The protective effects of talk with parents about sex in delaying sex and reducing young people’s risky sexual behavior may extend from adolescence to emerging adulthood. However, little is known about the content and process of this communication, or how parents and their emerging adult children perceive their conversations about sex and relationships.
This study offers a novel exploration of family talk about sex during emerging adulthood and addresses topics that are not typically assessed as part of communication research, such as consent and positive talk about sexuality. The study uses thematic analysis to investigate perceptions of family talk about sex in a qualitative sample of 16 pairs of parents and their emerging adult children in the U.S., and includes talk about protection, sexual behavior, pregnancy, and parenting; the positive aspects of sex; consent; and sexual orientation.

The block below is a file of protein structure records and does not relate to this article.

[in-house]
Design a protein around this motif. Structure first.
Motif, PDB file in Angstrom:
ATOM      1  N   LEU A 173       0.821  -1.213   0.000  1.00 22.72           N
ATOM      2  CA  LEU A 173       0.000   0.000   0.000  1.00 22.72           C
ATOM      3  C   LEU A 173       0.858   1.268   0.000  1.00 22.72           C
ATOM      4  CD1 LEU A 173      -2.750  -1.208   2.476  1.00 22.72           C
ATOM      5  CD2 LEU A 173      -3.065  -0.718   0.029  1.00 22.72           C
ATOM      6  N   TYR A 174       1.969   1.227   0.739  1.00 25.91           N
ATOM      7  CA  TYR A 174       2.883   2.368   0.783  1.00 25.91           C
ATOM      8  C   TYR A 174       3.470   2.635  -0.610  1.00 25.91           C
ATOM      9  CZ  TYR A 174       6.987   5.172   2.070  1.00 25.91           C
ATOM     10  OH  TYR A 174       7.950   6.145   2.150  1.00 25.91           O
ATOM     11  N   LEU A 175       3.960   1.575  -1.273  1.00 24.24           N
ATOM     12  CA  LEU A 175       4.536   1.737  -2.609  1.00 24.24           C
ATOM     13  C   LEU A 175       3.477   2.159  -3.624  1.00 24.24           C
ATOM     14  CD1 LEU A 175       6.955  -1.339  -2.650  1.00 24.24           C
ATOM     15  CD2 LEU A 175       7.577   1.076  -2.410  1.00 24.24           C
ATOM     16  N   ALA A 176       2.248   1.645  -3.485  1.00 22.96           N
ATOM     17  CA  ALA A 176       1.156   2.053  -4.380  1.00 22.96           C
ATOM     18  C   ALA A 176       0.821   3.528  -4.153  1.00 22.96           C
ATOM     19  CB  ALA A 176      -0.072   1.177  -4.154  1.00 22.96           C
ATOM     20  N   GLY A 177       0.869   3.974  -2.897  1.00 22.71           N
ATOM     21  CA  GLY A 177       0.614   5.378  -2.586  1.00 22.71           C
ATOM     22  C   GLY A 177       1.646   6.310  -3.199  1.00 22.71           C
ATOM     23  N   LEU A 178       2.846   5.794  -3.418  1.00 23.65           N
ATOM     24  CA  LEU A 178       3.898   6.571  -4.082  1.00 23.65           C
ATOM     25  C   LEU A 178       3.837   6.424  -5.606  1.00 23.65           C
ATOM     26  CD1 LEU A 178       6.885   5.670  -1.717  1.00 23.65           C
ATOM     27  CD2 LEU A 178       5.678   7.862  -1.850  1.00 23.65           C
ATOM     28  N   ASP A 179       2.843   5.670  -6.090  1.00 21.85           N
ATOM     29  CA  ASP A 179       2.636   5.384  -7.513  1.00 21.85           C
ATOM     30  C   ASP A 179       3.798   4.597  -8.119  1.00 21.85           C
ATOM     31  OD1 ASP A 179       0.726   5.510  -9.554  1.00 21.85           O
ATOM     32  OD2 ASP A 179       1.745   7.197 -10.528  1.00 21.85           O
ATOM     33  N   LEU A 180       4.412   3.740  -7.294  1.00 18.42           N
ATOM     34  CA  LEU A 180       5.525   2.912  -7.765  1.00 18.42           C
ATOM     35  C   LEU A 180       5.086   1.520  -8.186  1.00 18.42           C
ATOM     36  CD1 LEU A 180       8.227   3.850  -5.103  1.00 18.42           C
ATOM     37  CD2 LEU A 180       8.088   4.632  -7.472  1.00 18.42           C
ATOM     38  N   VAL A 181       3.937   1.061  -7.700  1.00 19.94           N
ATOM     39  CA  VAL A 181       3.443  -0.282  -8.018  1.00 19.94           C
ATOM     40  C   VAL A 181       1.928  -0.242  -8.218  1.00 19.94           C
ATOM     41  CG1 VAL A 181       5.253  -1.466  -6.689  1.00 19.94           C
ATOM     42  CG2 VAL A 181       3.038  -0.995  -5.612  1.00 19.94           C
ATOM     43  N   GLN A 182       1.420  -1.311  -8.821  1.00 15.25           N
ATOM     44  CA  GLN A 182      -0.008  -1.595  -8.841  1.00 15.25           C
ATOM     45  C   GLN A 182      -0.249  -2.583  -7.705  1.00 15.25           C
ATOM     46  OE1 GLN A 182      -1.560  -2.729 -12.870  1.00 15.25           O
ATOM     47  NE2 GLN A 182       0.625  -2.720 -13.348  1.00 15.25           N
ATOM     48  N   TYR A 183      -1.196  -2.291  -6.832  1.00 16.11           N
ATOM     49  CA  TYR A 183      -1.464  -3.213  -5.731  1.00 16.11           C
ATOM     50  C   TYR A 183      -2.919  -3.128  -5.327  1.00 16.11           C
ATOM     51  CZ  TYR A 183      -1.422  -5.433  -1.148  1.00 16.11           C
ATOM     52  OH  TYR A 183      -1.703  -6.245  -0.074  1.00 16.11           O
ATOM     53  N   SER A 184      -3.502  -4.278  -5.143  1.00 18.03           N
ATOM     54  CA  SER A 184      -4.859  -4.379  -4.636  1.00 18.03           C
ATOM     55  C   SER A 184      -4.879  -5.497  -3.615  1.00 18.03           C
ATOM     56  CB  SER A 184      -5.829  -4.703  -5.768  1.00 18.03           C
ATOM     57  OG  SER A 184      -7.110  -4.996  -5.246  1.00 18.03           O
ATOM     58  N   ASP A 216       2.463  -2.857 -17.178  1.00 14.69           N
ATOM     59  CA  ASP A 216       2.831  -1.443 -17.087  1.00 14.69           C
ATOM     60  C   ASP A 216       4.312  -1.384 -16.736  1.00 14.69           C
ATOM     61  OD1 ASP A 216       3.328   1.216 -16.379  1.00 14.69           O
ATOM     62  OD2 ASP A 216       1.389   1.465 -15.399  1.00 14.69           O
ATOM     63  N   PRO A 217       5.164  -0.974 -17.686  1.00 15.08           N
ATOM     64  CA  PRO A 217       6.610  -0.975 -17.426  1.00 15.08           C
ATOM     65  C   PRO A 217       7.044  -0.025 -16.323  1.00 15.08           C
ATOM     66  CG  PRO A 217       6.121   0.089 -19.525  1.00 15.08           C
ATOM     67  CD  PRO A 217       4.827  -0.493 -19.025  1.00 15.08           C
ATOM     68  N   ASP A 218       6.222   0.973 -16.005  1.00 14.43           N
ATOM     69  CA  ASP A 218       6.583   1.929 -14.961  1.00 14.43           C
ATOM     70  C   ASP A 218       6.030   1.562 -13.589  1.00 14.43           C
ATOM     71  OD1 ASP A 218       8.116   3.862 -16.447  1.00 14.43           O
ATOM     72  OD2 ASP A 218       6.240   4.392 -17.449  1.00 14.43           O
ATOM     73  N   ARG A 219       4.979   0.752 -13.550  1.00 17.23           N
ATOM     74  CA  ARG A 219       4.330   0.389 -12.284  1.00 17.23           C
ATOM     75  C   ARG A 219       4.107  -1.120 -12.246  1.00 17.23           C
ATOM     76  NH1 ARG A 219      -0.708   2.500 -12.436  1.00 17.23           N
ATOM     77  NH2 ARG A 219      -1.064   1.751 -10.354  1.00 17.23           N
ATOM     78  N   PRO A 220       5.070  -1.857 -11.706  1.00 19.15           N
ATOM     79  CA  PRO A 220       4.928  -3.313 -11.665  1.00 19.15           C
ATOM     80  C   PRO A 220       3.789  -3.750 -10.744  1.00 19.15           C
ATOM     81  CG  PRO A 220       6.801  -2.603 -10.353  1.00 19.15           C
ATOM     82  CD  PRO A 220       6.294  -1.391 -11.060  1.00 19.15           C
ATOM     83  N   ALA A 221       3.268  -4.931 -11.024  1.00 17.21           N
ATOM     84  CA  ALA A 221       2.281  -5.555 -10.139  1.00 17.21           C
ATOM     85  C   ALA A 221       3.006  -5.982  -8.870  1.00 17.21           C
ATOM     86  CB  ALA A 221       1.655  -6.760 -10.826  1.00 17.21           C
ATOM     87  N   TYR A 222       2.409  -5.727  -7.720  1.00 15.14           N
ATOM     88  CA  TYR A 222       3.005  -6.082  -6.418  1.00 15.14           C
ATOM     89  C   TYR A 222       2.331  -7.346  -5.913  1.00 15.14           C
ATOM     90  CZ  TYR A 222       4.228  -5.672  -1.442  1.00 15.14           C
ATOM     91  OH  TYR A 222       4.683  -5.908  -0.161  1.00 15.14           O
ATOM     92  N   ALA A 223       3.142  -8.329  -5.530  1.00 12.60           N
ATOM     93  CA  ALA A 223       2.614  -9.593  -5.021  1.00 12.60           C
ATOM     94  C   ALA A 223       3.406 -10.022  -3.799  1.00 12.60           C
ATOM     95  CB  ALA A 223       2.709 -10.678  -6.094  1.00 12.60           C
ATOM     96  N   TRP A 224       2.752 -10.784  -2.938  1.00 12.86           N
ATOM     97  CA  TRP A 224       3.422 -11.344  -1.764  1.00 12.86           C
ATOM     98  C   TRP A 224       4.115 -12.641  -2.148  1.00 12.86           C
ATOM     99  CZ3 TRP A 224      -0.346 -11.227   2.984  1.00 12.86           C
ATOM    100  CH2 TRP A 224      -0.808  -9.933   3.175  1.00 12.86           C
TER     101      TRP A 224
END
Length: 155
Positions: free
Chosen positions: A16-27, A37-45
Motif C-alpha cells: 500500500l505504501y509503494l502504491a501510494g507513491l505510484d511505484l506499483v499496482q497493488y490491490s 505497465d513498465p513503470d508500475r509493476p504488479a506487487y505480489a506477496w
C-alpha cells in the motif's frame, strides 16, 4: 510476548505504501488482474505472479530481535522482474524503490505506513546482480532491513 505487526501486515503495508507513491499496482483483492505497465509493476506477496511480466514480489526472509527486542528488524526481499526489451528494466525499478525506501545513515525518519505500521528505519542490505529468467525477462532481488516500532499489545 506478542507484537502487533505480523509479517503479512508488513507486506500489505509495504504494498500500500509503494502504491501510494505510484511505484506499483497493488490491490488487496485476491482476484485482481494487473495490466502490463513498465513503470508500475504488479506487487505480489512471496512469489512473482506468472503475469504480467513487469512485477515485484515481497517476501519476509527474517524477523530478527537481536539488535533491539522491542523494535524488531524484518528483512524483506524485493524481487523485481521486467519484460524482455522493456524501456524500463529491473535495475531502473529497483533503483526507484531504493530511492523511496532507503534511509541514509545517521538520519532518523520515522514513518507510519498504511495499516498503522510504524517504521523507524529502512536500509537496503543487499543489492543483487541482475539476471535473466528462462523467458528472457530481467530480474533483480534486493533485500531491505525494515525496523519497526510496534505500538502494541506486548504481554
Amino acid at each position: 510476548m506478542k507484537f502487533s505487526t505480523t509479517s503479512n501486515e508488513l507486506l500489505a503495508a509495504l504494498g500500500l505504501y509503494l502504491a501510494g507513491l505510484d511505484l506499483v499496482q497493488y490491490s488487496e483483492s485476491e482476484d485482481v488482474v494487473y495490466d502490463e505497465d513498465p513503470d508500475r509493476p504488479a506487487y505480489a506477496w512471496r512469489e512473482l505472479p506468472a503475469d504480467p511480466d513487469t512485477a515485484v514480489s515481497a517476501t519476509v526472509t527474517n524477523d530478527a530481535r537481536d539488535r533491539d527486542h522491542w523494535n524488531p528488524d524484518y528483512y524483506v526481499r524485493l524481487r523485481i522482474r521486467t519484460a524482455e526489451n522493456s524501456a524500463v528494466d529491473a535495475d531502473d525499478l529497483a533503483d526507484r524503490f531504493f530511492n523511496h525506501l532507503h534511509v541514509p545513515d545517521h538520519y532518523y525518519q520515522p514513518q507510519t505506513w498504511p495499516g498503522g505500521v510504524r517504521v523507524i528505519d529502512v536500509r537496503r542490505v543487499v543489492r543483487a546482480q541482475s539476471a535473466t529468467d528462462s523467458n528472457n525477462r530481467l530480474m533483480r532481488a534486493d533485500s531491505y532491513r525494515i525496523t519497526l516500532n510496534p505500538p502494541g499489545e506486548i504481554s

The study’s findings identified variation across topics in terms of 1) similarities and differences in parents’ and emerging adults’ comfort in talking with each other about sexual topics; and 2) how they perceive this communication across a range of sexual issues. These findings can inform the development of resources to support parents on how to talk with their emerging adult children about sexual issues in a developmentally appropriate way.
This work was supported by the Eunice Kennedy Shriver National Institute of Child Health and Human Development: R03HD095029.